Sunday I was in the mood for a new route while I tried to figure out why I'm having so much trouble writing lately. I headed over the river to the section of Calgary called Kensington. It's a very cool, youth-oriented area with consignment shops, tea parlors, restaurants and head shops. Lots of skinny jeans, eyeliner and jacked-up hair. And that's just the guys. It's an active, interesting, vibrant place to walk around where I always feel COMPLETELY out of place. ha.

I put the deep-thinking on the back burner, determined to explore Kensington Avenue without turning around after one block due to my glaring uncoolness. "That's right! I'm old, but you will NOT drive me away with your hipper-than-thou attitude!"

I looked in the windows of a cupcake shop, a furniture store and browsed around a resale clothing store. The prices were unlike what I'm used to seeing in the states. A pair of (gorgeous) used gloves were $20. Purses were forty and fifty dollars. Still, I enjoyed running my fingers over these gems and peering at the vintage jewelry in glass cases.

Back on the street, I spotted a Starbucks on the corner that made my heart leap a bit due to its familiarity- an oasis in a sea of strangeness. Alas (why am I suddenly writing like the author of a Harlequin romance?), the interior was dark, so I assumed it was closed. Someone pushed open its door just then and stepped out onto the sidewalk. Yay!

This had to be the coolest Starbucks I've ever been in. I expected someone to stand up and begin reciting poetry at any moment, followed by the finger-snapping approval of the audience. Nothing unusual happened, though. I ordered a latte, couldn't find an empty chair and left. I plan to go back when it's not so crowded.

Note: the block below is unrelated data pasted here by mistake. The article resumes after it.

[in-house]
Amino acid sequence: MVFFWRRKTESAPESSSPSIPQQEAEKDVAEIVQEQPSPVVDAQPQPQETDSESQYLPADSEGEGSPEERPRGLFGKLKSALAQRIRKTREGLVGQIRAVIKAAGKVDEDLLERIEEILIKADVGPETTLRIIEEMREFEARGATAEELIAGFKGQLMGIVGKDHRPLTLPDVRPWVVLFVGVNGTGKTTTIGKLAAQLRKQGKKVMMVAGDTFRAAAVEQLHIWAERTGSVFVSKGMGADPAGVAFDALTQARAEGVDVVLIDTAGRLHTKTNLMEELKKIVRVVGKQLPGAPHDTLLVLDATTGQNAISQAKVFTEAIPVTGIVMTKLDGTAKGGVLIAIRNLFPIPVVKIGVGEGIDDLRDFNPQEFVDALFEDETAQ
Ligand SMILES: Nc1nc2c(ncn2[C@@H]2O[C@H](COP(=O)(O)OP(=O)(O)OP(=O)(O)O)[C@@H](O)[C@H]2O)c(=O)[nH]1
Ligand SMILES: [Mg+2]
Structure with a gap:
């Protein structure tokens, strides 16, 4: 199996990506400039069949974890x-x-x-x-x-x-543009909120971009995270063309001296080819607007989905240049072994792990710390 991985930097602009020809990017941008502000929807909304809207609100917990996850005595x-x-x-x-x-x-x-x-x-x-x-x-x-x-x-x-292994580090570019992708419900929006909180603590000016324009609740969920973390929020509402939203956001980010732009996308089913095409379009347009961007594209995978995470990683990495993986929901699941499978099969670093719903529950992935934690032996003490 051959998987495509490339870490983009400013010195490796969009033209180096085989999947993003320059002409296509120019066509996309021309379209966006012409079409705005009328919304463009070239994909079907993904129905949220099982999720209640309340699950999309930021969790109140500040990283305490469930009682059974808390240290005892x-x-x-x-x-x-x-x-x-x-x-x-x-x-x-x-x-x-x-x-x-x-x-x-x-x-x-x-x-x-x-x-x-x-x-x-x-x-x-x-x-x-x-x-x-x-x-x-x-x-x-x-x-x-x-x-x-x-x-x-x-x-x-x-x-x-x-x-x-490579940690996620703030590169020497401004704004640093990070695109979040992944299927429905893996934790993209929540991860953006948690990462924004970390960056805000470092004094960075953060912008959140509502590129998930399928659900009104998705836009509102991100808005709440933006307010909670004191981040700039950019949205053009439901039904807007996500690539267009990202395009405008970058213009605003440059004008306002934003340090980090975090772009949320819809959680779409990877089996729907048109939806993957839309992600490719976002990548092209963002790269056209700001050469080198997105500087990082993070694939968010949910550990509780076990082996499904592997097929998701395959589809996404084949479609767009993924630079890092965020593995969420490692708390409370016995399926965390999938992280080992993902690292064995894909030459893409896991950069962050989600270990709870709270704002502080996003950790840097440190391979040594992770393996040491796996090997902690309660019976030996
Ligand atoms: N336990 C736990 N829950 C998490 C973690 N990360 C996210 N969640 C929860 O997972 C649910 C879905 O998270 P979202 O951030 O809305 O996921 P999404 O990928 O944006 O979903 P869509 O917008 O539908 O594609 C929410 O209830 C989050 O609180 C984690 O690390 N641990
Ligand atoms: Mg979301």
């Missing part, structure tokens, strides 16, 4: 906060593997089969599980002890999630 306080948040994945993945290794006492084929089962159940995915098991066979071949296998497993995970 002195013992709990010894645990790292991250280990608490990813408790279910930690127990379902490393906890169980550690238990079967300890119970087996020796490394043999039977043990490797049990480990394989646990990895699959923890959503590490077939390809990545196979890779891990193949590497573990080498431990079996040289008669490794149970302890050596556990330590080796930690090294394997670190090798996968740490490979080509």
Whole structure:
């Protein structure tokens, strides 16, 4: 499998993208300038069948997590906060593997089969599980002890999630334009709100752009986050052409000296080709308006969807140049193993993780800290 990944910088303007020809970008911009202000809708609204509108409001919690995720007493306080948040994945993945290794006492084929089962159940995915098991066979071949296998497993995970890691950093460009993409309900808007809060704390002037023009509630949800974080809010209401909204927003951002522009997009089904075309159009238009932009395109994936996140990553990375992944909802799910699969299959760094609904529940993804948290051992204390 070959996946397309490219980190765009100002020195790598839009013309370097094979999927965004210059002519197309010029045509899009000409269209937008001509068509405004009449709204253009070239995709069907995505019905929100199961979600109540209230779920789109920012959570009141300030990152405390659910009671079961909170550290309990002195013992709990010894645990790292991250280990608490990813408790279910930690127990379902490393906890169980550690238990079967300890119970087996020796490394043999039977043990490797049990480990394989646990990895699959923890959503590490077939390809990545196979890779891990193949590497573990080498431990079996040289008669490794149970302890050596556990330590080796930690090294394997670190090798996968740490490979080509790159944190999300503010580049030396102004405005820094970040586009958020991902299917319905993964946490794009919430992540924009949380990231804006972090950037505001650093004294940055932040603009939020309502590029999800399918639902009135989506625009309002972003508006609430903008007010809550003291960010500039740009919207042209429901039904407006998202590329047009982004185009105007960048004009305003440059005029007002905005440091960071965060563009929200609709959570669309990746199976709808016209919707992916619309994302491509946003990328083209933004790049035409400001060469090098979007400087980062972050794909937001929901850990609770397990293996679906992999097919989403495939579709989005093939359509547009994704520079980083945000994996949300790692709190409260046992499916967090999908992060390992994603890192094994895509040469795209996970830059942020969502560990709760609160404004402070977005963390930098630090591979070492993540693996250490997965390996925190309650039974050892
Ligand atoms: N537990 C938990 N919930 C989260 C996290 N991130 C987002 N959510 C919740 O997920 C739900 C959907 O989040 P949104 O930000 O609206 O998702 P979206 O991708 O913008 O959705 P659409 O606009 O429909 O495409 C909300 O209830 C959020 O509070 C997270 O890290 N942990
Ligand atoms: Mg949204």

I felt good. Sipping my Starbucks booty as I crossed back over the bridge, I stopped to admire the ice sculptures the river had created all by itself and wrote, in my head, the first few lines of a new story.

This city seems to be good for me. I love it.

And now, if you don't mind, I'm going to pack up my laptop and head over to my new favorite Starbucks. I'm in the mood to do a little writing.

Friday, January 7, 2011

Banff and Lake Louise

I'm tired. We spent the day in Banff and Lake Louise so now I'm too tired to be witty or clever or even accurate.

These photos are out of order. But here's what we did: we drove up to Banff, went to the natural Hot Springs, had Bison burgers in town, cruised a couple of shops and then drove to Lake Louise.

Lake Louise is about 45 minutes from Banff and though it was snowing lightly in Banff, we didn't think it would be a problem. Wrong! the snow was coming down so heavily in Lake Louise that there was about 4" on the roads in town. We were worried about making it up the hill to the lake.

We did the mature thing and turned around. Back in Banff, the snow was still only lightly coming down and back in Calgary, it wasn't snowing at all. Oh well. Mom will have to see Lake Louise next time.

But we did get to see a HUGE herd of elk when we were driving out of Banff. We pulled over to take pictures.

Here's your assignment: figure out which photo goes with which activity. Go!

(The next 2 photos show a low lying cloud)